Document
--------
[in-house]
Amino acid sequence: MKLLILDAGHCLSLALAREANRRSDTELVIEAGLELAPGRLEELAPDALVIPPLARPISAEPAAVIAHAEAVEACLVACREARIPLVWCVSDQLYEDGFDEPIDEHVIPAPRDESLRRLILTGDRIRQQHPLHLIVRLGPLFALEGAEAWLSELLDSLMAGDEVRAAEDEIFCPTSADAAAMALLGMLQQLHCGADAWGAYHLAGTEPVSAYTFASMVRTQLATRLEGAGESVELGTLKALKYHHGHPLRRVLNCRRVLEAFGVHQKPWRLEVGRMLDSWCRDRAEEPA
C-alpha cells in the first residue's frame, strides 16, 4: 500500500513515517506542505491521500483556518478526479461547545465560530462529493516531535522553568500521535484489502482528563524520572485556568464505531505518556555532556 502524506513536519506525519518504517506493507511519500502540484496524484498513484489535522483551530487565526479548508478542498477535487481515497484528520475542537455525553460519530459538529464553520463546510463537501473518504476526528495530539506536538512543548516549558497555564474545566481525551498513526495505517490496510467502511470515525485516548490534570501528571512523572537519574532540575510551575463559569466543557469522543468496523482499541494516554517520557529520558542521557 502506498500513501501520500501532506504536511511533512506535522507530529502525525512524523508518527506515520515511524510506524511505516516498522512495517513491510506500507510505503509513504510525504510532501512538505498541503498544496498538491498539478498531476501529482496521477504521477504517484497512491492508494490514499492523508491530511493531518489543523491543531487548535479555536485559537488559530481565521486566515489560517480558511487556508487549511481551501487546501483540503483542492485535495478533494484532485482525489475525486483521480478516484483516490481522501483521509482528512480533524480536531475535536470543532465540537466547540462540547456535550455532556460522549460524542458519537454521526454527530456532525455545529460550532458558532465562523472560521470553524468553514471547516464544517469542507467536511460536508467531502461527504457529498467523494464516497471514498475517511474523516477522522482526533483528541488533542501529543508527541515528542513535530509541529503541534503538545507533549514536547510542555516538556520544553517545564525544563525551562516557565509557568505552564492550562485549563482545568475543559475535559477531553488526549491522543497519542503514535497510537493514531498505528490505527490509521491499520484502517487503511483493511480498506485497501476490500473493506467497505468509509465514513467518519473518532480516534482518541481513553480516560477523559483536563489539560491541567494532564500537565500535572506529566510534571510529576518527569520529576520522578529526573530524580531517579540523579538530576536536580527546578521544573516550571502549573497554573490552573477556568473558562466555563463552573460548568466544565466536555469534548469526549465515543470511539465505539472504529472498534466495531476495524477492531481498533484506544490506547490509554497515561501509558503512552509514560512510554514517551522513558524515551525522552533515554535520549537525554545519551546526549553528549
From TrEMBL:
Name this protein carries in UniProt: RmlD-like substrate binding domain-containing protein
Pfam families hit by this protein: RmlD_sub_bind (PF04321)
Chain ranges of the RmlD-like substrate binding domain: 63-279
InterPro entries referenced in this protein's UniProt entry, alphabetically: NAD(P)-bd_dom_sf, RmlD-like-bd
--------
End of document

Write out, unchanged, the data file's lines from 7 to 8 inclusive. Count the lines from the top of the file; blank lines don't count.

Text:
Chain ranges of the RmlD-like substrate binding domain: 63-279
InterPro entries referenced in this protein's UniProt entry, alphabetically: NAD(P)-bd_dom_sf, RmlD-like-bd